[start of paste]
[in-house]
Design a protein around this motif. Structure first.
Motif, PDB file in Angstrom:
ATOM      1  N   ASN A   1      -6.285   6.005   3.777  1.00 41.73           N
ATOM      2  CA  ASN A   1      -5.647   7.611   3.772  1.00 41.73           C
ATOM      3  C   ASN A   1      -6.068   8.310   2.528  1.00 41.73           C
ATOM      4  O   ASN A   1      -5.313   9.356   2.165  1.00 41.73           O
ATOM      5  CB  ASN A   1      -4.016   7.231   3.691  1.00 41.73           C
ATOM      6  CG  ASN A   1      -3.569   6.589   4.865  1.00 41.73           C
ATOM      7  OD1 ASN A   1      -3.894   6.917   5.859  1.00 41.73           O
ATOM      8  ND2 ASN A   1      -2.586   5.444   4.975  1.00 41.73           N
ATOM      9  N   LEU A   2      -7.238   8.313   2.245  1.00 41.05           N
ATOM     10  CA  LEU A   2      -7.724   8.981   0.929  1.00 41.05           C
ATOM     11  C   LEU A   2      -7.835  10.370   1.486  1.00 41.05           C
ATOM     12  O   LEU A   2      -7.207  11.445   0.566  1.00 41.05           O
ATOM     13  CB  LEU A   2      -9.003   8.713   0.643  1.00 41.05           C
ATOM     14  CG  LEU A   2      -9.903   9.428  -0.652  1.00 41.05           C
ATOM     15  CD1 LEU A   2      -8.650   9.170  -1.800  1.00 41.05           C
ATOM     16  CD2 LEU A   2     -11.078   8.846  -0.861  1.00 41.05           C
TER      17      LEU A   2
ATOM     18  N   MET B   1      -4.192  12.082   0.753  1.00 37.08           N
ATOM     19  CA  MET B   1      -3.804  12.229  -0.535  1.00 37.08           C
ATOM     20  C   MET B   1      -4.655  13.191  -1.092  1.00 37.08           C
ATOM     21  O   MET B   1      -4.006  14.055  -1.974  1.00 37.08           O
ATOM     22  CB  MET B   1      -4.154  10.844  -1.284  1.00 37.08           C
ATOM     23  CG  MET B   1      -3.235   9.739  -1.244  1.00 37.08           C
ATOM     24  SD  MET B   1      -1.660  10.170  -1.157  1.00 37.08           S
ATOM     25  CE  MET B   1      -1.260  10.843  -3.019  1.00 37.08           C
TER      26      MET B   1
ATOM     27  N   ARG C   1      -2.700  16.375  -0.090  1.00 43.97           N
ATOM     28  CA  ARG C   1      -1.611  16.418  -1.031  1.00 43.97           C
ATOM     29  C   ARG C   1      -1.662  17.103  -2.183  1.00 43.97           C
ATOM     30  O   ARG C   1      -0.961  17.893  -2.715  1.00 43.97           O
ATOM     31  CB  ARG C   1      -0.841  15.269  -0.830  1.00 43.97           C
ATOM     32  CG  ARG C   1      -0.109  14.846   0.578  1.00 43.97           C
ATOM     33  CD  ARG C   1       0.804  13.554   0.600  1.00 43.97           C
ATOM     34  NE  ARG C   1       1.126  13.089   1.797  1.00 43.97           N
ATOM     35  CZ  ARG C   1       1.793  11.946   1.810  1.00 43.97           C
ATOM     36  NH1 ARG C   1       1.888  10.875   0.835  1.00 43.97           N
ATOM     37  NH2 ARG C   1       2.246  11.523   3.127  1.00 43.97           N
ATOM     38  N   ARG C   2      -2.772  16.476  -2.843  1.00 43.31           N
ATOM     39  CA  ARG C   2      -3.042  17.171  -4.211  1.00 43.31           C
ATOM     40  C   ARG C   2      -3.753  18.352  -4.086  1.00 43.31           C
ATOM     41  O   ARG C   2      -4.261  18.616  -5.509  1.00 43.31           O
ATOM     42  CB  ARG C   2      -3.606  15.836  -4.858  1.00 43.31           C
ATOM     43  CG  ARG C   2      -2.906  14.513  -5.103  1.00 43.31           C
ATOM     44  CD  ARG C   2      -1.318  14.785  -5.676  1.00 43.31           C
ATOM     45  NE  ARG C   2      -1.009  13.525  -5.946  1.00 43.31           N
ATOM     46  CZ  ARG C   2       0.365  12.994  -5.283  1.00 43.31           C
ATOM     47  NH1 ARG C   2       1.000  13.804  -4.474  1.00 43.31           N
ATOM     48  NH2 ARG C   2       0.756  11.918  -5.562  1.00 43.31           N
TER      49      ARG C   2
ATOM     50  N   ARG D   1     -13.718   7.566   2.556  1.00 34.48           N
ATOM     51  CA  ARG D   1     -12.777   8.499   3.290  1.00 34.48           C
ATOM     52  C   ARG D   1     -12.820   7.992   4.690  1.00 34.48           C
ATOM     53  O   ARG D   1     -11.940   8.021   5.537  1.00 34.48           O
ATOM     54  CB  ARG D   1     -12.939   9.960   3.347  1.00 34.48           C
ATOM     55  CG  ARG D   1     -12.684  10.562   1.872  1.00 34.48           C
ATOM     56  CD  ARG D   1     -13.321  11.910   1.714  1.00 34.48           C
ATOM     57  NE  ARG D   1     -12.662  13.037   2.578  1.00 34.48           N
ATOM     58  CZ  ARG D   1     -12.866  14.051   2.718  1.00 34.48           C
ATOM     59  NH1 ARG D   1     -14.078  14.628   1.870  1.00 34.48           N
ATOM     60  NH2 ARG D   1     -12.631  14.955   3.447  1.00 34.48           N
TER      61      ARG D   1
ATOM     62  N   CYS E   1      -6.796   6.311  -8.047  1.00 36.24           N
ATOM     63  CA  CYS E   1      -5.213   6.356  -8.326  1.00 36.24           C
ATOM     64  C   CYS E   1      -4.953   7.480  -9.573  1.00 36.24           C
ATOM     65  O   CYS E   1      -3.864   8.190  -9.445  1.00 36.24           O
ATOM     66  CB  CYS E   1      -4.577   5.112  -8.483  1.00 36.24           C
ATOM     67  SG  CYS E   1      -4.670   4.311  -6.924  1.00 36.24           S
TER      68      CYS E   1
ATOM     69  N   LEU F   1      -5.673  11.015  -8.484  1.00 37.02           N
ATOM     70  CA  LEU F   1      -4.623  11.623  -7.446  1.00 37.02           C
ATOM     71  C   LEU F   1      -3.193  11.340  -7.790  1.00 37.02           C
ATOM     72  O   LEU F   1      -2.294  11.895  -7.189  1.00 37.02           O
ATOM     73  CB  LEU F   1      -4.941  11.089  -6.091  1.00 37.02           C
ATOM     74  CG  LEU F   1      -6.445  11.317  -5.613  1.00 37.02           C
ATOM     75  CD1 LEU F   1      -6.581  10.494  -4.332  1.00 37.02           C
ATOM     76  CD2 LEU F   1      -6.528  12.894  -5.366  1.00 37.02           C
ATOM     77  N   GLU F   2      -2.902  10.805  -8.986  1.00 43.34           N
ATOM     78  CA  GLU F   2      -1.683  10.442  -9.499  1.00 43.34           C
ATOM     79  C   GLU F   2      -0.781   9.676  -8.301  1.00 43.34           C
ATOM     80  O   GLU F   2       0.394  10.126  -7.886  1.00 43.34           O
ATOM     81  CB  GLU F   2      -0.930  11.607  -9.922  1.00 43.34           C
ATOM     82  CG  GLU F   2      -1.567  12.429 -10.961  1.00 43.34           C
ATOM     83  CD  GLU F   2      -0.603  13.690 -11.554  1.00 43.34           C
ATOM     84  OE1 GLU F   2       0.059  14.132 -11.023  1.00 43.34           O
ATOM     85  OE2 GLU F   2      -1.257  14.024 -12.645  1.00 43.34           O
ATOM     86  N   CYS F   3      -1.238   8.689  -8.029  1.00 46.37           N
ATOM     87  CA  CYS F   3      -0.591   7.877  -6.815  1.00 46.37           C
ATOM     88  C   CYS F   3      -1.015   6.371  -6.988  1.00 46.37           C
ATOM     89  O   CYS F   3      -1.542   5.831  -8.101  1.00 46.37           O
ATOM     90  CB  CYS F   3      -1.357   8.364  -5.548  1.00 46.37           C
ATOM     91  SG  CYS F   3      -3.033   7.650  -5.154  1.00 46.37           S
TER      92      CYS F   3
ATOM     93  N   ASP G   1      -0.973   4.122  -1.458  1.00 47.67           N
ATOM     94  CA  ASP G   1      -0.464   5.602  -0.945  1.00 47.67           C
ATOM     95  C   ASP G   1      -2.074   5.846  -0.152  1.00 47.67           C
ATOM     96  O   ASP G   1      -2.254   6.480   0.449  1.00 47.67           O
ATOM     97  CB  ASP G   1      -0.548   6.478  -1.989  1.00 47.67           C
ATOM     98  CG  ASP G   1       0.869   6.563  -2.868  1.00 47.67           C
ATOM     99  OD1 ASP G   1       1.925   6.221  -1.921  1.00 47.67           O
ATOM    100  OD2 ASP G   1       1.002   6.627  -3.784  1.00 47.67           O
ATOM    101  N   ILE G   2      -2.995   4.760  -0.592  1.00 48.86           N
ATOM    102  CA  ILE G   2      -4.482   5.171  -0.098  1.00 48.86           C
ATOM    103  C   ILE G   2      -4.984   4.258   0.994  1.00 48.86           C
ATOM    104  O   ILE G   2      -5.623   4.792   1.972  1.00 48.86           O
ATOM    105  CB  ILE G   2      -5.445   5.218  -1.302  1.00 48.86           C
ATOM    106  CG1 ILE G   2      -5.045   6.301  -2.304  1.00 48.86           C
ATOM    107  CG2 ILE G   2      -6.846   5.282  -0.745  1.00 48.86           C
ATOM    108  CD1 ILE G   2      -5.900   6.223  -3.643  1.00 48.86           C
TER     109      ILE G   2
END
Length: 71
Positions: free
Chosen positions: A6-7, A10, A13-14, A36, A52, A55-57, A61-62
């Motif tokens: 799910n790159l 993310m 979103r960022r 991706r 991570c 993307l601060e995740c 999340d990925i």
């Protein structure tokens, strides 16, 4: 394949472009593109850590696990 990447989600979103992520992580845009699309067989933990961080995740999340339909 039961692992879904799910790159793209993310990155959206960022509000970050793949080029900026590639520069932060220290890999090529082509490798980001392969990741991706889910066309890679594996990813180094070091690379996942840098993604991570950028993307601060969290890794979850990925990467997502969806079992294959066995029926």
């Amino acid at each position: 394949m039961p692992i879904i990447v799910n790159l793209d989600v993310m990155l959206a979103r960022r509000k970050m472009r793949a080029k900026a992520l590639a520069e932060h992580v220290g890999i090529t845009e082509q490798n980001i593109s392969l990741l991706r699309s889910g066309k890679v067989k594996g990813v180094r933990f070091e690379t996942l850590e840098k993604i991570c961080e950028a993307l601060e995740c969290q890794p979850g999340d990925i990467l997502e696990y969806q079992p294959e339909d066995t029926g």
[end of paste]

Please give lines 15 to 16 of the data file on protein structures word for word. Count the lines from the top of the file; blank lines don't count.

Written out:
ATOM     12  O   LEU A   2      -7.207  11.445   0.566  1.00 41.05           O
ATOM     13  CB  LEU A   2      -9.003   8.713   0.643  1.00 41.05           C